This is my first blog post. I hope to present occasional observations that connect events and opportunities in the world of dispute resolution, international and domestic to the U.S. as I see them from what I have often described as my state of professional schizophrenia. My active involvement in the trial bar and arbitration world, including my simultaneous service on the boards of leading trial bar organizations such as the International Academy of Trial Lawyers and the American Board of Trial Advocates and the board of the American Arbitration Association reflect my commitment both to civil justice systems and to the many alternatives to those civil justice systems. Internationally, I am most comfortable among those members of the independent referral bar (barristers and advocates) who move easily between courts and arbitral forums.
I will try to provide some unlikely observations about the future of dispute resolution from my perspective as a certified…or at least certifiable…schizophrenic.
My first random connection is the potentially bright future of arbitration and mediation among the bars of London, Belfast, Dublin and Edinburgh. I have followed…or perhaps more accurately, attempted to follow…the Brexit negotiations and particularly the border issues between Ireland and the northern counties. I watched “The Journey” on New Year’s Eve and could not avoid the observation that Belfast, with a bit of luck, could become the Hong Kong of the 21st Century and in the process the independent referral bars of England and Wales, Scotland, Ireland and Northern Ireland could have additional opportunities to become predominant forces in the world of international arbitration.
As most people know, the “border” between Ireland’s southern counties and the northern counties that comprise Northern Ireland is open pursuant to a series of treaties and agreements initiated by the Good Friday Accord. Although tensions remain, the open border and the right of all citizens of the northern counties to enjoy dual citizenship – Irish and UK – has been honored for more than two decades. During that same time, barristers from the Irish Bar and the Northern Irish Bar who are fellows of the International Academy of Trial Lawyers or who have been delegates to the IATL Irish Program, are routinely called to the respective bars. The relationship between those bars continues to improve.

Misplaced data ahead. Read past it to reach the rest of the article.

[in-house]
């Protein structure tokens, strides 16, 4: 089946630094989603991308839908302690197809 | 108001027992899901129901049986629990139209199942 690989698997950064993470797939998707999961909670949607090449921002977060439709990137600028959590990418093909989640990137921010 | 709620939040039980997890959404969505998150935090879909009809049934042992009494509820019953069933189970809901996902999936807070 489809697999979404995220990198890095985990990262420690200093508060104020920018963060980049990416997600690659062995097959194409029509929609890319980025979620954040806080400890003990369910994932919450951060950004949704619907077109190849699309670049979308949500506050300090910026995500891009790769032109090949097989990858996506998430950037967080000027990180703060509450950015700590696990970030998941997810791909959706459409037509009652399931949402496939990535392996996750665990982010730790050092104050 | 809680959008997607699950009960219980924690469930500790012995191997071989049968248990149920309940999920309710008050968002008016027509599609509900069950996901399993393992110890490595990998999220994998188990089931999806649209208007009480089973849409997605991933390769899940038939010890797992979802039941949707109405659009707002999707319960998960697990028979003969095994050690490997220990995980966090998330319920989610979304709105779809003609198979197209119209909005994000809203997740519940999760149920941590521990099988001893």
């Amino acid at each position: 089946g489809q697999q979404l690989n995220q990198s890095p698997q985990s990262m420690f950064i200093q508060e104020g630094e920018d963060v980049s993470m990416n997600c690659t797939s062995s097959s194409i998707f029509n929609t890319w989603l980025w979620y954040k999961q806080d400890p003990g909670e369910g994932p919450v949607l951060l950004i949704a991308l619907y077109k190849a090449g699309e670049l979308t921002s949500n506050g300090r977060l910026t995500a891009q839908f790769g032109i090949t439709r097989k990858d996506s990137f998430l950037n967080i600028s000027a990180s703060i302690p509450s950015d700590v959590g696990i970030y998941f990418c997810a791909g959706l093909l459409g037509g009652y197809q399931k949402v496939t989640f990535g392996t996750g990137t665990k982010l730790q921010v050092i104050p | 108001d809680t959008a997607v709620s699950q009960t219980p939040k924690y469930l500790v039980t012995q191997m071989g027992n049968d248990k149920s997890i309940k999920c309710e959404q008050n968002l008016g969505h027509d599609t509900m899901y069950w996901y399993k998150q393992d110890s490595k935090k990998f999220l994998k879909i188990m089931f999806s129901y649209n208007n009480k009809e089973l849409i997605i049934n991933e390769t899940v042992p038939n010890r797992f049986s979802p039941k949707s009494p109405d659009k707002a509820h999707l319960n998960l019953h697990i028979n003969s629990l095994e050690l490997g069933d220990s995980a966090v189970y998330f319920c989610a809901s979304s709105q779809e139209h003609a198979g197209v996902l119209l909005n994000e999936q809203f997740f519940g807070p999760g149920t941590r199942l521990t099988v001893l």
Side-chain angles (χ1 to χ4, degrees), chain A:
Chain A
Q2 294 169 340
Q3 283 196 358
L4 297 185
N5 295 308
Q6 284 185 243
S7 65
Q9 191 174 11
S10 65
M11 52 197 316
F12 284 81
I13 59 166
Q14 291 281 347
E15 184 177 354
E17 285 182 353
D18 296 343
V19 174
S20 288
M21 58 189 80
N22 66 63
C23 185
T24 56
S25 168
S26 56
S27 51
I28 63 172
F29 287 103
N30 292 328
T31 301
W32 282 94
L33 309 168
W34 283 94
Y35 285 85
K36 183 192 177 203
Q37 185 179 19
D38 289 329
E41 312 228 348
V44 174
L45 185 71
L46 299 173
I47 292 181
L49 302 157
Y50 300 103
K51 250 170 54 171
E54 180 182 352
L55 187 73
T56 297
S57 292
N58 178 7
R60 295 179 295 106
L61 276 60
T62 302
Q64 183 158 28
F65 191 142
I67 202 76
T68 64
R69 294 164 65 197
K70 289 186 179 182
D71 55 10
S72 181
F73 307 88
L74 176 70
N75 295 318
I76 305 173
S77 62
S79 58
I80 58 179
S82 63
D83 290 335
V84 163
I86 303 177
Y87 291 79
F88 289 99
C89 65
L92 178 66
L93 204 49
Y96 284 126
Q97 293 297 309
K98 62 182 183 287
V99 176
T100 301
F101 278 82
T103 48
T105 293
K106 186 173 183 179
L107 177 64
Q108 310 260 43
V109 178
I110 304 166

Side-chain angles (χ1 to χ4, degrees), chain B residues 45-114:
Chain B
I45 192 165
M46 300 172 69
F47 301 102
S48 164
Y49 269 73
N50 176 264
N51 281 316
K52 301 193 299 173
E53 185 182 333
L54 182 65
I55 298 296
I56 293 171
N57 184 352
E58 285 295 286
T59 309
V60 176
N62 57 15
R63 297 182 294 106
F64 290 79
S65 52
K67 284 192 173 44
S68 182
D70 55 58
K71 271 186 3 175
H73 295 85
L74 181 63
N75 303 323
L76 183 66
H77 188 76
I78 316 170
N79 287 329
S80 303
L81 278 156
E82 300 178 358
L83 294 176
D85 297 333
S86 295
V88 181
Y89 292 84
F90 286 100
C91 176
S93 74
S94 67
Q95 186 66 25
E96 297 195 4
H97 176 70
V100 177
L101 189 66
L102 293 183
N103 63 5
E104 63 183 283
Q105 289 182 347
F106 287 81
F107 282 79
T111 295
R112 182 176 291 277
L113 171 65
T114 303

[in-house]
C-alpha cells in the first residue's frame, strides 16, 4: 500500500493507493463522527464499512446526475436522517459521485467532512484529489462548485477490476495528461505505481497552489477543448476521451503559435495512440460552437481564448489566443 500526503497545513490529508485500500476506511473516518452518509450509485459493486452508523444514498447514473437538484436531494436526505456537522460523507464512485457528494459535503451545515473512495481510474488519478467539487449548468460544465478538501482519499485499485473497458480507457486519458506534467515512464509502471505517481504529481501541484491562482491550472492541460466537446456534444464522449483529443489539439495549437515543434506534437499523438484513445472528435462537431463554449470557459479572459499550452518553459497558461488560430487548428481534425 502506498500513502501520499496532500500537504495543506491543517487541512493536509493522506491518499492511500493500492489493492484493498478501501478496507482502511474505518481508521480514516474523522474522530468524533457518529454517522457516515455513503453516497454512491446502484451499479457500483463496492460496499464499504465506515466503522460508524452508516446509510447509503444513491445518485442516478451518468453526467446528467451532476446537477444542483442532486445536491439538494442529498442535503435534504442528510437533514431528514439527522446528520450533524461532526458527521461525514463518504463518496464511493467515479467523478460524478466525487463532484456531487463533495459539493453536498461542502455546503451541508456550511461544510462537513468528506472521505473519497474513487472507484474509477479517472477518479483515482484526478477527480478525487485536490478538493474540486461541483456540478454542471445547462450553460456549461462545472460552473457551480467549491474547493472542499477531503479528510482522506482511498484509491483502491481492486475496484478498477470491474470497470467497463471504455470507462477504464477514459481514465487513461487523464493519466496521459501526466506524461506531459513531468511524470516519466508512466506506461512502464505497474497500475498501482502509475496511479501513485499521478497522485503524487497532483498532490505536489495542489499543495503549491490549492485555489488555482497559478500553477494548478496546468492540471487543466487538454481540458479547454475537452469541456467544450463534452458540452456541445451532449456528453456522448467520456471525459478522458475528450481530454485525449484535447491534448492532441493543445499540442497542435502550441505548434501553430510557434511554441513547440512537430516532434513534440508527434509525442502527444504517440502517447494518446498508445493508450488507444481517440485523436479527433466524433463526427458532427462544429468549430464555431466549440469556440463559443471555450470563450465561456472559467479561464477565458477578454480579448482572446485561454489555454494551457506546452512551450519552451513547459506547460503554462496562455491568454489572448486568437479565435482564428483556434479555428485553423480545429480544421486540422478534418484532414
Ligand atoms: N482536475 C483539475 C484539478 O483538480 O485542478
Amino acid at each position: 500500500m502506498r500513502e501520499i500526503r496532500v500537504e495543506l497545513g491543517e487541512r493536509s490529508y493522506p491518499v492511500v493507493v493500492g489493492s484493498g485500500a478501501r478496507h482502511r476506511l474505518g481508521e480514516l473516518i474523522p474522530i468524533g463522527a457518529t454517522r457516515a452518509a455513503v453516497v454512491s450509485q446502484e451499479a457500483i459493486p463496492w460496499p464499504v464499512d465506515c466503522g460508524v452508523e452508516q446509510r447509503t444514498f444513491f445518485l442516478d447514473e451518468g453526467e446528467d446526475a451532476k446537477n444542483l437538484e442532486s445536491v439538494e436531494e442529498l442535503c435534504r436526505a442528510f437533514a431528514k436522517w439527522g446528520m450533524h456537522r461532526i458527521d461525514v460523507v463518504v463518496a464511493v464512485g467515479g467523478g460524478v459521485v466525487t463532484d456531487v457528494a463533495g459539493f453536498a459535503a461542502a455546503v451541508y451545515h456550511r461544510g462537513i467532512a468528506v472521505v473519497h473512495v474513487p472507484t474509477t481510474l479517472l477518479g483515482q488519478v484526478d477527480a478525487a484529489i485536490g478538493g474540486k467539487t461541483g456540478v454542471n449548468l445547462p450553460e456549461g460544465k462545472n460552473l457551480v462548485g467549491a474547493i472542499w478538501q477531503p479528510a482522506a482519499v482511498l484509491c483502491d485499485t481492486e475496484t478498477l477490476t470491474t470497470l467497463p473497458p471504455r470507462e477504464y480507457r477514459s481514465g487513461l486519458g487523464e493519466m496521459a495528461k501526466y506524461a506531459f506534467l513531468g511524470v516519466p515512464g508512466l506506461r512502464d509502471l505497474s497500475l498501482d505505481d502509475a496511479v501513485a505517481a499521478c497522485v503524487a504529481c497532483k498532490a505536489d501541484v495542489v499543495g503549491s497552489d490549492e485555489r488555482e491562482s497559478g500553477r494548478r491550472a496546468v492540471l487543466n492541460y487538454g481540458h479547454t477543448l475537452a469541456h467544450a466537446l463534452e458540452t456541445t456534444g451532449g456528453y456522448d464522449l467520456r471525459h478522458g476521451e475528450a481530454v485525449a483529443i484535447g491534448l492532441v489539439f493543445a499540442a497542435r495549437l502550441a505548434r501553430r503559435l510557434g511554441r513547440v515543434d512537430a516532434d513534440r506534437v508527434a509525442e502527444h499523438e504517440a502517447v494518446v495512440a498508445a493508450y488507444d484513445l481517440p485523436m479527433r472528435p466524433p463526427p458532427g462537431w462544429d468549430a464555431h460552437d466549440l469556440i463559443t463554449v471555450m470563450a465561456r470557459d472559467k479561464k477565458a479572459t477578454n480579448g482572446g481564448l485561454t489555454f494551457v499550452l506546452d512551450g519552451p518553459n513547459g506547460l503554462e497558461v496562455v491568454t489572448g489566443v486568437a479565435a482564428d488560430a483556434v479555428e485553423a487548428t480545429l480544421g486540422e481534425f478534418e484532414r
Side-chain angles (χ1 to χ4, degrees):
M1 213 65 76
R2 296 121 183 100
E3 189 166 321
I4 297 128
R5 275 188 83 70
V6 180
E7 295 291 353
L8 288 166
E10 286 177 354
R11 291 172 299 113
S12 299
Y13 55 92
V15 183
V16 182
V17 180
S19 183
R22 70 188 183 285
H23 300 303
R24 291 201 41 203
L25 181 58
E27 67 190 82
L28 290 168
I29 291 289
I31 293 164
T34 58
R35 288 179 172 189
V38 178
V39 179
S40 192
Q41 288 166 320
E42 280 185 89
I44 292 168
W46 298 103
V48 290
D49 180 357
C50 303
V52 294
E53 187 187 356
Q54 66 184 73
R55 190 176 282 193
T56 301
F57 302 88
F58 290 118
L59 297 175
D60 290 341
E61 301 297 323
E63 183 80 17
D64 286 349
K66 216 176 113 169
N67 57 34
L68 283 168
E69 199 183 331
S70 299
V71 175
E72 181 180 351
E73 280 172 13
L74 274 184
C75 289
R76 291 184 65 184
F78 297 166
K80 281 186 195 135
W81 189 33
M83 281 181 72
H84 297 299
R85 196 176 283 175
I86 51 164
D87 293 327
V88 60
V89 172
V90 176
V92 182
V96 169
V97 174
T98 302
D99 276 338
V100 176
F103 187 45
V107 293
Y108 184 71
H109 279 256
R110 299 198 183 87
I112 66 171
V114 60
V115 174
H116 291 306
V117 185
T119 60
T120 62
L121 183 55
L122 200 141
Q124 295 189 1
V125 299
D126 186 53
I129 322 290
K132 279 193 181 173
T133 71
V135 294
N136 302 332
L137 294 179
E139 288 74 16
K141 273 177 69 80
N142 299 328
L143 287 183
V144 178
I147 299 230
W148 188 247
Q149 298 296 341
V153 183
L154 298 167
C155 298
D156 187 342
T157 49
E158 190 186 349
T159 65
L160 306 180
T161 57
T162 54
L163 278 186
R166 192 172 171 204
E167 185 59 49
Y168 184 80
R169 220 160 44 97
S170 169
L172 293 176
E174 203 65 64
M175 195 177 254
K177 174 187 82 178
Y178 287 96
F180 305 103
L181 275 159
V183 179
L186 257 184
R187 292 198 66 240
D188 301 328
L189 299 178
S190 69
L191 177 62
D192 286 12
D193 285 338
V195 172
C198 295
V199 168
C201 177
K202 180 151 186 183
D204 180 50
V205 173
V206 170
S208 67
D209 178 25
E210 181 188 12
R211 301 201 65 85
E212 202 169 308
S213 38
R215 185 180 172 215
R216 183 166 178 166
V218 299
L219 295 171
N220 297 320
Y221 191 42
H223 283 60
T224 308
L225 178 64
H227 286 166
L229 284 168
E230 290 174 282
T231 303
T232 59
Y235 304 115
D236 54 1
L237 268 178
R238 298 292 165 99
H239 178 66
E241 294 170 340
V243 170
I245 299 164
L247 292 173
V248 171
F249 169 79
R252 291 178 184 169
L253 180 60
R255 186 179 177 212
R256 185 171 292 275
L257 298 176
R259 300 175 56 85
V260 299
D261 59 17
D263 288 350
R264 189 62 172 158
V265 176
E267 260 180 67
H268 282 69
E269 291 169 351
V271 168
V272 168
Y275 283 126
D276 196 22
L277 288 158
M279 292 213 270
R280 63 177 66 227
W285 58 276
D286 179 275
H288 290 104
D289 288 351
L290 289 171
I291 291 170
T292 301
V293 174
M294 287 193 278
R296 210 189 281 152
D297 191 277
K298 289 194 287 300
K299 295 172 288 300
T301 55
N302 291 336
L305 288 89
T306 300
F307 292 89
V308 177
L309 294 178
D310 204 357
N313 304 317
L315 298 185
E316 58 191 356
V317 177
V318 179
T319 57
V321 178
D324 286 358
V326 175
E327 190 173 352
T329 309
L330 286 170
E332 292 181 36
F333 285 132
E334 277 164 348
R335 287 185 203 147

Much has recently been written about the concerns a “hard” Brexit might have on the reputation of London as a world center for financial and professional services. UK barristers are generally granted privileges at the bar in Northern Ireland, a much smaller and more close-knit bar than London enjoys. In the past, Belfast has not enjoyed a sophisticated commercial dispute resolution community and has very little arbitration activity. The Scottish Bar (Faculty) is even smaller than Northern Ireland’s. Nonetheless, the Faculty of Advocates in Edinburgh recently announced a program to offer arbitration as a means of resolving personal injury disputes.
The Bar of Ireland has a both a well-developed presence in the legal community of the European Union and also a significant commitment to international arbitration. If the Brexit negotiations result in a customs zone that permits the counties of Northern Ireland to continue without a border between them and the rest of Ireland and if all citizens, including barristers, in Northern Ireland continue to have the right to dual citizenship, my friends in England & Wales, Dublin, Belfast and Edinburgh could be poised to offer unique dispute resolution services to the European and broader business community.